Tag: #earlyamericanliterature

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How Did Our Ancestors “Tame” a Continent?

Last week, Donald Trump delivered the commencement address at the Naval Academy. There, he stated that “our ancestors tamed a continent,” and he followed this statement up by adding, “we are not going to apologize for America.” What does this mean? What does it mean to “tame” a continent? What does it mean to be so sure of your achievements that you do not … Read More How Did Our Ancestors “Tame” a Continent?

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Sarah Kemble Knight and Spirituality

Every semester, I enjoy teaching Mary Rowlandson’s Narrative in relation to Sarah Kemble Knight’s The Journal of Madam Knight because Rowlandson plays into students’s perceptions of women’s role during the colonial period and early part of the eighteenth century and Knight works to dispel their preconceived notions that women did not have much agency during the period. As well, Knight provides a a counter … Read More Sarah Kemble Knight and Spirituality

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Mary Rowlandson and Identity

Mary Rolwandson’s A True History of the Captivity and Restoration of Mrs. Mary Rowlandson: A Minister’s Wife in New-England: Wherein is set forth, The Cruel and Inhumane Usage she underwent amongst the Heathens for Eleven Weeks time: And her Deliverance from them. Written by her own Hand, for her Private Use: and now made Public at the earnest Desire of some Friends, for the … Read More Mary Rowlandson and Identity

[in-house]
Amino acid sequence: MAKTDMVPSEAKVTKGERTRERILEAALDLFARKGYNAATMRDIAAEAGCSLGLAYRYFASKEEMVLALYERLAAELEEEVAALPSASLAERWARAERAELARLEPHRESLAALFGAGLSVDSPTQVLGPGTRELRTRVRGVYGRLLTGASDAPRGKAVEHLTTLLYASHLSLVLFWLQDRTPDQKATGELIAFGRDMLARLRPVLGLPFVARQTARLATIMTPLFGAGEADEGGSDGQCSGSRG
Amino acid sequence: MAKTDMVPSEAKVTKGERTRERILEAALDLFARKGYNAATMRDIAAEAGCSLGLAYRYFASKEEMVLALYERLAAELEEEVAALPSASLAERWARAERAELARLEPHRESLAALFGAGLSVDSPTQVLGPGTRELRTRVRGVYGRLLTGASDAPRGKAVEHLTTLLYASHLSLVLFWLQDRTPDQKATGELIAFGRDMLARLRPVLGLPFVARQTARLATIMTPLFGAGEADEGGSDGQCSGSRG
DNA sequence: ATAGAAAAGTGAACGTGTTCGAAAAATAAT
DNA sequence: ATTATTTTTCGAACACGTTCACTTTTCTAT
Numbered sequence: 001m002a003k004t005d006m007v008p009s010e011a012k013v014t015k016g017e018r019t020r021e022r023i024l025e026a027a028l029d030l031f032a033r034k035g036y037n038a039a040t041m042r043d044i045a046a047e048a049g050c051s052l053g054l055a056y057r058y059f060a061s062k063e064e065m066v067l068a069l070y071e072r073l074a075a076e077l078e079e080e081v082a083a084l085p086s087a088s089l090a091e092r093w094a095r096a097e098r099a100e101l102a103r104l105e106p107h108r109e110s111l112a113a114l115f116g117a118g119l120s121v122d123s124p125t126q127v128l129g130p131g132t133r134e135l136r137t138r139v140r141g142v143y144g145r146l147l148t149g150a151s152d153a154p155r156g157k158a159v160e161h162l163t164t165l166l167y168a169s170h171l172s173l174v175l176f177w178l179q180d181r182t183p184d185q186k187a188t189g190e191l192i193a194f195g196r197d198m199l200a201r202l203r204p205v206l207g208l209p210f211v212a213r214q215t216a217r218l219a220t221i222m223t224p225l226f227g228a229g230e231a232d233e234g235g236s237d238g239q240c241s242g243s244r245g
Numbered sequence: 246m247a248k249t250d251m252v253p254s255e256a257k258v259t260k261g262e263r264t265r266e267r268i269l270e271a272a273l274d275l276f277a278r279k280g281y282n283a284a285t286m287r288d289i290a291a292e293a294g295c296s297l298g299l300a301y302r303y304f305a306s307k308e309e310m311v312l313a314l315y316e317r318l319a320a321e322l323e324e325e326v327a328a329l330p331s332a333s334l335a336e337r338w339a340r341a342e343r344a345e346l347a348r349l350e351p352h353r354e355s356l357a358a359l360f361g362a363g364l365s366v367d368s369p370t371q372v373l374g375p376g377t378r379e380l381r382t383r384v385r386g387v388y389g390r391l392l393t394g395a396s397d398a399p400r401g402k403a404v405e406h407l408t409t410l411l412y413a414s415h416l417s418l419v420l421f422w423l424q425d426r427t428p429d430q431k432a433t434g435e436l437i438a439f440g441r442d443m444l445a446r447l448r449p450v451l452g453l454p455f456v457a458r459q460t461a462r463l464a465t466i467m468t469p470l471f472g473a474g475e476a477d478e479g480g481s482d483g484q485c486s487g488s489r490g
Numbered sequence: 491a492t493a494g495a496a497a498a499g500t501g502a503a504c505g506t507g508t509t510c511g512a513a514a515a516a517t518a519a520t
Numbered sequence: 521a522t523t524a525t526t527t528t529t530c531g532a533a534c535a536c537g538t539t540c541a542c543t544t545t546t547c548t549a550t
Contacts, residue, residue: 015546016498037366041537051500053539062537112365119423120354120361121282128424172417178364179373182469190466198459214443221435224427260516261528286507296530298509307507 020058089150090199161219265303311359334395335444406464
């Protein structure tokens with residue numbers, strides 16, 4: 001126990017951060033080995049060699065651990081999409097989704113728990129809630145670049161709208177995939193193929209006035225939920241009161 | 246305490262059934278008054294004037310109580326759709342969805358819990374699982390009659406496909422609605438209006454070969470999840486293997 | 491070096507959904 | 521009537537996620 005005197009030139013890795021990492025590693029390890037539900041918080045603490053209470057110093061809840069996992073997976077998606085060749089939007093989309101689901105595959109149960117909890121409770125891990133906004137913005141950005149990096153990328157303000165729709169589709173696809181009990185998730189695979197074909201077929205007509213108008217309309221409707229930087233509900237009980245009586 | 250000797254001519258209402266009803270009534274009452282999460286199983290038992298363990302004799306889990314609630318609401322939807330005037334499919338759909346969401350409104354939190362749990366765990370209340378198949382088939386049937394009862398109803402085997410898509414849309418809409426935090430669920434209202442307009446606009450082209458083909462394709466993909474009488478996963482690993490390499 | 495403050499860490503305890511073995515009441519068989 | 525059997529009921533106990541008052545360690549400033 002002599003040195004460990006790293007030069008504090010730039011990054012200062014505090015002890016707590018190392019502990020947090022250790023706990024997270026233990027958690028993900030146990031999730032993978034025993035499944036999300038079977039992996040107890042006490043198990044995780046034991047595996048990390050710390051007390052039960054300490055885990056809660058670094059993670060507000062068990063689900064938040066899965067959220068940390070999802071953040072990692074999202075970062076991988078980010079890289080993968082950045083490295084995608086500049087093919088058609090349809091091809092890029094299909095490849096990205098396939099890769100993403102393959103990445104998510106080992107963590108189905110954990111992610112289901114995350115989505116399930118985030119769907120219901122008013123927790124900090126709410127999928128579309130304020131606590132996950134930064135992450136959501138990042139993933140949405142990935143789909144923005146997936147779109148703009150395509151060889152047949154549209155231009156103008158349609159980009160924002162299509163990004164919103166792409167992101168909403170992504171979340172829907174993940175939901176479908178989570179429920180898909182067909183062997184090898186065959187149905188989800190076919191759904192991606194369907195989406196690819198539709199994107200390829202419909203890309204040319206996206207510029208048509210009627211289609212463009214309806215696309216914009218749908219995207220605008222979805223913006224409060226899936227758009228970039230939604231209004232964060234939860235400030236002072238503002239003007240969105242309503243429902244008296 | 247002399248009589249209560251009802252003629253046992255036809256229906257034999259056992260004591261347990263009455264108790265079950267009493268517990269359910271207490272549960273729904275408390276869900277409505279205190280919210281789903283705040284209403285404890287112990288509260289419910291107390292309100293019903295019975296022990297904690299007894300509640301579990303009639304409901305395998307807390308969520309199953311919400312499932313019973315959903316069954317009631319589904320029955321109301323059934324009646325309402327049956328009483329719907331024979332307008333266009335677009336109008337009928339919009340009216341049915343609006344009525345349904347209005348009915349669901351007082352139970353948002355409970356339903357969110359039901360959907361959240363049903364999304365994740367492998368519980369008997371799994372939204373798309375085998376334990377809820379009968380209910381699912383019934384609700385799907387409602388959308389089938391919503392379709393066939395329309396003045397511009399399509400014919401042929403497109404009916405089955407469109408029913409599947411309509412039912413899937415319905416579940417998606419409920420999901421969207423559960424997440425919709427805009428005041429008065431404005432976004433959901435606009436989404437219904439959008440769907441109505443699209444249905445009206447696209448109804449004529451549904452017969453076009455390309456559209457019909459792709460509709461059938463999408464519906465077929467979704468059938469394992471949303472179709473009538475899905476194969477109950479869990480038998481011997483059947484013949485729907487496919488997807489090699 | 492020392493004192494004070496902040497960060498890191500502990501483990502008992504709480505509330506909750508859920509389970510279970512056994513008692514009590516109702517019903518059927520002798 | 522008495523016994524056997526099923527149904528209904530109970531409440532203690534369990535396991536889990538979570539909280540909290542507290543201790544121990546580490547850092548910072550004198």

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Navigating Two Worlds: Samson Occom and William Apess

I am always amazed at the similarities between texts in class. I pair texts together for a reason, but it is always satisfying when other similarities and points of discussion arise between paired texts. This happens all of the time, and when I taught Samson Occom (Mohegan) and William Apess (Pequod) last week, new aspects arose that strengthened reading the two authors, separated by … Read More Navigating Two Worlds: Samson Occom and William Apess

Getting Students Excited about Early American Literature?

While thinking about the upcoming school year, I couldn’t help but think about ways to introduce students in my Early American Literature survey course to the importance of the texts that they will be reading. Students have a sense that these texts, and any text they read, is important; however, this realization typically comes from the thought that since it’s being taught at a … Read More Getting Students Excited about Early American Literature?